Archaeological and Anthropological Sciences

, Volume 11, Issue 7, pp 3343–3355 | Cite as

A silvered shield grip from the Roman Period: a technological study of its silver coating

  • Ewelina A. Miśta-JakubowskaEmail author
  • Izabela Fijał-Kirejczyk
  • Ryszard Diduszko
  • Aneta M. Gójska
  • Paweł Kalbarczyk
  • Jacek J. Milczarek
  • Krystian Trela
  • Grzegorz Żabiński
Open Access
Original Paper


A unique shield grip decorated with openwork rivet plates was found in a Roman Period cemetery of the Przeworsk culture in Czersk, Central Poland. The artefact underwent specialist analyses with the use of various techniques in order to reveal its silvering technology. Several silvering techniques were considered as the most probable: foil silvering, mercury silvering and silver plating. A number of complementary analytical methods such as laser ablation inductively coupled plasma mass spectrometry (LA-ICP-MS), scanning electron microscopy with energy-dispersive X-ray (SEM-EDX), X-ray diffraction and neutron techniques were used in the examinations. Two silvering technologies were identified: foil silvering and mechanical treatment of silver pieces. On the basis of the specific correlation of maximum contents of silver (Ag), copper (Cu) and tin (Sn) in external layers of the artefact, it was found out that the surface of the openwork plates had been first covered with alloy with a high content of tin and copper as a solder. Then, a thin silver foil was applied onto it. On the other hand, combs of the shield grip were ornamented using non-soldering technology, i.e. hammering and punching.


Przeworsk culture Barbaricum Roman Period Ancient metallurgy Silvering techniques SEM-EDX Neutron techniques LA-ICP-MS XRD 


Ornamentation of plates with the use of silvering processes was a difficult task to perform, which can be a reason for the absence of such artefacts in the territory of present-day Poland. Shield grips which bear some visual similarity have been found in Radved in Jutland (Kjaer 1900: p.114ff, Fig. 3; Watt 2003, Fig. 9b), Brodstrup in Öland Island, Sweden (Rasch 1991: p.109) and Hamfelde, Kreis Herzogtum Lauenburg, Germany (Bantelman 1971: p.124). A study of these artefacts can provide us with some indications concerning possible ornamentation analogies outside the territory of the Przeworsk culture. Furthermore, it informs us about trade directions in the Roman Period. Until now, no results of physico-chemical analyses of such artefacts have been published.

Although visual features of all the mentioned grips are similar, almost no silvered layers survived to our times, apart from the ornamentation on the artefact from Czersk. La Niece isolates the following methods of silvering:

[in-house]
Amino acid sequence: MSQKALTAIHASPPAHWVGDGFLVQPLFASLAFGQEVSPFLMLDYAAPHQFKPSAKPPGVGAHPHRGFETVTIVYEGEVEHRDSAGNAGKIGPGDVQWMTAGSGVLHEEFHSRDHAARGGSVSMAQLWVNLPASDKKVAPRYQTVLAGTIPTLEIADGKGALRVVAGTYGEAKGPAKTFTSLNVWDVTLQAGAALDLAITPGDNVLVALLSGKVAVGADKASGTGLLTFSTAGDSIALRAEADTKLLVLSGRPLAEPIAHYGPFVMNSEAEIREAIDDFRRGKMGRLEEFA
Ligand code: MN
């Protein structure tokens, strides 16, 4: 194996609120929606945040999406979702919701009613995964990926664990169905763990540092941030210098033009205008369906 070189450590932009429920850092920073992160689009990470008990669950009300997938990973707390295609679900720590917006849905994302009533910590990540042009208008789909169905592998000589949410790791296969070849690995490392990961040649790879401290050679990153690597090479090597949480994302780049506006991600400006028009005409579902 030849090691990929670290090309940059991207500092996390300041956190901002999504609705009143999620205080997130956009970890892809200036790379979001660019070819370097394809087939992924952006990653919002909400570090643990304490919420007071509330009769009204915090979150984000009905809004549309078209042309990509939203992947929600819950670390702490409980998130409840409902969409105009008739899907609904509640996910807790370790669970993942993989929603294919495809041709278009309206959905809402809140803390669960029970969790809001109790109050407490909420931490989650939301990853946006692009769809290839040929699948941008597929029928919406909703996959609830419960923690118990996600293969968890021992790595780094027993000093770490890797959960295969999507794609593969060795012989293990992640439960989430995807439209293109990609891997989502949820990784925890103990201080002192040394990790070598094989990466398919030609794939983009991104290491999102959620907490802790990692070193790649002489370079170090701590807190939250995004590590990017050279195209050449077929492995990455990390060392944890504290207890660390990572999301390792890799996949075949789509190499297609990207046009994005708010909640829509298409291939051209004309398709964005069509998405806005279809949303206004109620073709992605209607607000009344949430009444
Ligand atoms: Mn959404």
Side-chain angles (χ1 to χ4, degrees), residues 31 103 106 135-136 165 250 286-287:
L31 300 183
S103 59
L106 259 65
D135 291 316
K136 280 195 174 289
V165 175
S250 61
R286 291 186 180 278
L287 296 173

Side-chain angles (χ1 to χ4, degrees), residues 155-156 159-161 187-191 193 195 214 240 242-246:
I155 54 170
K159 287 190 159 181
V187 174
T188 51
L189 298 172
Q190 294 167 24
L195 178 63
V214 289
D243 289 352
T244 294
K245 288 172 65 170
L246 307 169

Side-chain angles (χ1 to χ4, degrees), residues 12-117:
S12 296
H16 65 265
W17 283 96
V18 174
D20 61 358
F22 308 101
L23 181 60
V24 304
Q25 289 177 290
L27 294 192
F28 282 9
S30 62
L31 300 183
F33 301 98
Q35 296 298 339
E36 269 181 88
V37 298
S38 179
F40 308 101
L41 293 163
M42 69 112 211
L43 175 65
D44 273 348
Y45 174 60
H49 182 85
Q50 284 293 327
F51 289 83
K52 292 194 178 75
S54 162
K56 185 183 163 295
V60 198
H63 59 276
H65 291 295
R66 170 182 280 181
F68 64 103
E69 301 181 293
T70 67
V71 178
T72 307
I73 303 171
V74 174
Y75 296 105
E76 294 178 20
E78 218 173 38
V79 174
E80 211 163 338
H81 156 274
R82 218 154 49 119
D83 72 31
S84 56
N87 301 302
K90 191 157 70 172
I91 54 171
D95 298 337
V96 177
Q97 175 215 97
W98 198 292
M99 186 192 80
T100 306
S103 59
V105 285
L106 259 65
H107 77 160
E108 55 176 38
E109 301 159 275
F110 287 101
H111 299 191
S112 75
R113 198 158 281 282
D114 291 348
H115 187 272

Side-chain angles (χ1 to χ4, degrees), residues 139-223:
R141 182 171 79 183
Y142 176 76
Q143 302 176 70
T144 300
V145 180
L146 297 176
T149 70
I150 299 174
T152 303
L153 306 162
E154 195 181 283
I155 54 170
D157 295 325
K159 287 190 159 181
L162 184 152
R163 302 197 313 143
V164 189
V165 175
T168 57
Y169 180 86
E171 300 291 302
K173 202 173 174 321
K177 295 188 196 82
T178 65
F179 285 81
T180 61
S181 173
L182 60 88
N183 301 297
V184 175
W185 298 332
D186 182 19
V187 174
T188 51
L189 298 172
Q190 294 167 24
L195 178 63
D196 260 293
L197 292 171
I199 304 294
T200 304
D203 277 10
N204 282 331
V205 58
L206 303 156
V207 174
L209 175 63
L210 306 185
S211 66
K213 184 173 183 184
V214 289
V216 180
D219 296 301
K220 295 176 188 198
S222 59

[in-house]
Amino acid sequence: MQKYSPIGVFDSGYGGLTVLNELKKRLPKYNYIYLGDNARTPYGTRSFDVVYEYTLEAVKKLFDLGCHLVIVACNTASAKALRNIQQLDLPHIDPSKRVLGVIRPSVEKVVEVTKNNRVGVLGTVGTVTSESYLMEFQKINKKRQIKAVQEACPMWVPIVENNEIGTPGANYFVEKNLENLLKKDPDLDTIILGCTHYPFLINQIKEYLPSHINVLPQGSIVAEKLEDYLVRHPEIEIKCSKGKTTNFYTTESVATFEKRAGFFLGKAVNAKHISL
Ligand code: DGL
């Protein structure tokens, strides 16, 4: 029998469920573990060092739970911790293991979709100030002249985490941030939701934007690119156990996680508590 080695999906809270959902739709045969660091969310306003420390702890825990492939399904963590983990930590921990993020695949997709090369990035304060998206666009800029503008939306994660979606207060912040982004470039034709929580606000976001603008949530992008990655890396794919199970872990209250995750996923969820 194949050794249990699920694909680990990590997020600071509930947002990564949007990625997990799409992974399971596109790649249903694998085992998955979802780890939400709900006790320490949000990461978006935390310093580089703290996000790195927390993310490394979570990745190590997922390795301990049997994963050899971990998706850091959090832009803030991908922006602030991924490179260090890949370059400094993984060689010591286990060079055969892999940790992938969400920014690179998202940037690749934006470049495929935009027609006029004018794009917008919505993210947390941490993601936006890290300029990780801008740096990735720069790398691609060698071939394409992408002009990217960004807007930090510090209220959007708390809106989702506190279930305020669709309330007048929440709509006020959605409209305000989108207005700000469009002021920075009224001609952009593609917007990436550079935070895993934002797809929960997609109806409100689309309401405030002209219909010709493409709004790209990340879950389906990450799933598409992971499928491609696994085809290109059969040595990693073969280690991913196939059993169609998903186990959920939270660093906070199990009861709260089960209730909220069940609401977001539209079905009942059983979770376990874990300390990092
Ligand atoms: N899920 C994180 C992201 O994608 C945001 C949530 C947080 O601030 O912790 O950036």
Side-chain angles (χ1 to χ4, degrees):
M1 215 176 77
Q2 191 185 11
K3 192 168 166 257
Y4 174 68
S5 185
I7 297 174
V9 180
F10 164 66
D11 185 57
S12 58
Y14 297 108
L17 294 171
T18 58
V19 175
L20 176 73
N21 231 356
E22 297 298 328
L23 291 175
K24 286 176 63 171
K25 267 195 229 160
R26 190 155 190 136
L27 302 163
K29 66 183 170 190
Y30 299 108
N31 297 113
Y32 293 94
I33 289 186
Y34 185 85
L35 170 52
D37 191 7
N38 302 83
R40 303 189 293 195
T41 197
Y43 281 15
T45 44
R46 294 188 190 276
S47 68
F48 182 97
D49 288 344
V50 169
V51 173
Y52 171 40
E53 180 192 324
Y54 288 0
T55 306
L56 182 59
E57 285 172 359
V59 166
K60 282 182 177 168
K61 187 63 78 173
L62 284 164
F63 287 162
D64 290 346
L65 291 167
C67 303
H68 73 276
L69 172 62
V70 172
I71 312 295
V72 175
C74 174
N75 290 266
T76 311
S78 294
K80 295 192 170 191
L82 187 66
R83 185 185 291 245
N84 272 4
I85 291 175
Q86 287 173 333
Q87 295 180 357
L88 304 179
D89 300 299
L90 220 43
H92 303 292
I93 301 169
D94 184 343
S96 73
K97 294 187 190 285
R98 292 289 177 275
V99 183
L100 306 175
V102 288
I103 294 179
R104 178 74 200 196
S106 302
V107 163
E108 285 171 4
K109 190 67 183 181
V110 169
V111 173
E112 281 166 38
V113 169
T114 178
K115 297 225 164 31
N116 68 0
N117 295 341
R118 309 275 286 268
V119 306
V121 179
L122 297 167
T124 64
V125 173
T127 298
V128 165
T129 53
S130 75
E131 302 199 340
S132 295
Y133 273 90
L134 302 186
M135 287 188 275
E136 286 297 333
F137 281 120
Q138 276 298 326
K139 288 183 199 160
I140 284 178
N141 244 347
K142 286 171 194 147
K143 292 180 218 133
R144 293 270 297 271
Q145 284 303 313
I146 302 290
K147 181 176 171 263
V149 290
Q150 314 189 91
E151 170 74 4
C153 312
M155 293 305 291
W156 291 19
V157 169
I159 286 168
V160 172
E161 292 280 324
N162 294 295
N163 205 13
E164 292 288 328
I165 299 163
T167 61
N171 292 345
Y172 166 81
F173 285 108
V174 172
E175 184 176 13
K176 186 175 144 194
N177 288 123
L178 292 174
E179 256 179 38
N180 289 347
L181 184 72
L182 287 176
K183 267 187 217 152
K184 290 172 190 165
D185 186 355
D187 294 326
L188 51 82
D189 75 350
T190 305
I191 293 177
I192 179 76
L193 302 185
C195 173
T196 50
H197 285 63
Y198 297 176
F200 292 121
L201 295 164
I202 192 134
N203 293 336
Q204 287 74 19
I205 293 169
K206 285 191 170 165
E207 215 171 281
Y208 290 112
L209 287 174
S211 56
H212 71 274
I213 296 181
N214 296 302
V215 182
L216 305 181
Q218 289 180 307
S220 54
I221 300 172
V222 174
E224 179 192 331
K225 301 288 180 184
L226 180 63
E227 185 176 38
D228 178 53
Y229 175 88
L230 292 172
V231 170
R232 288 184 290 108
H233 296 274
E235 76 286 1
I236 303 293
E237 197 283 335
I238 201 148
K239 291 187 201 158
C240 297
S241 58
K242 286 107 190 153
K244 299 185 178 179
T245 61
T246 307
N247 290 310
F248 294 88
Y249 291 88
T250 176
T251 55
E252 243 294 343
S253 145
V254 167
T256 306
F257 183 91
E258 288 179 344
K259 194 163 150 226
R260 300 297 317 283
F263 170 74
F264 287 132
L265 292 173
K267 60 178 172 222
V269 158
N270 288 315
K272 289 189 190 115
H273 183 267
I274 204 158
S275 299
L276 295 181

1. (a)

    Foil silvering, i.e. covering an artefact with silver foil, which was attached by means of hammering onto a grooved surface. Sometimes, adhesives were used, e.g. calcite (CaCO3). More popular techniques made use of various types of solders. These could be silver–copper, as in the case of Greek and Roman coins, or silver–copper–tin, as identified in some finds of Viking Age jewellery. In other cases, it was possible to use tin or tin–lead solders. This solution is known, e.g. from Roman artefacts (La Niece 1993, 202–204; see also Meeks 1993; Giumlia-Mair 2005; Miazga 2014; Miśta and Gójska 2016). There is also some evidence that this technology was known in the Barbaricum in the Late Roman Period (Hammer 1998: p.196).

  2. (b)

    ‘Sheffield’ plating, whose name comes from mid-eighteenth c. Sheffield plate industry. In this technique, silver and copper are heated in close contact. It comes to a limited diffusion, and a low melting-point alloy forms at their interface. This method is considered to be more reliable than foil silvering. It has been suggested for Minoan artefacts dated to the mid-second c. BC, as well as for a number of Greek and Roman finds. On the other hand, similar microstructures could be produced by silver–copper solder. It has been therefore suggested that the use of this method cannot be excluded for ancient times, but it cannot be unambiguously confirmed, either (La Niece 1993, 204–205).

  3. (c)

    French plating—the name of this technique comes from the eighteenth c., but it was certainly in use much earlier and was described by Theophilus Presbyter. In this method, the artefact’s surface is first grooved and then a silver foil is attached to it by means of heating and rubbing (La Niece 1993, 205; see also Šmit et al. 2008; Ingo et al. 2017; Miazga 2014).

  4. (d)

    Application of a silver coating while molten—in this case, powdered silver–copper alloy is heated until it flows and plates the artefact’s surface with hard solder. Artefacts covered with this kind of silver–copper plating are known from Macedonian, Celtic and Roman contexts (La Niece 1993, 205–206).

  5. (e)

    Depletion silvering, that is, removing of copper from the surface of a silver–copper alloy artefact. The removal of copper can be done either chemically or by means of heating the surface in order to oxidise the copper, which is then removed using chemical methods. This technique is known from Pre-Columbian America but also from the Roman Empire (La Niece 1993, 206).

  6. (f)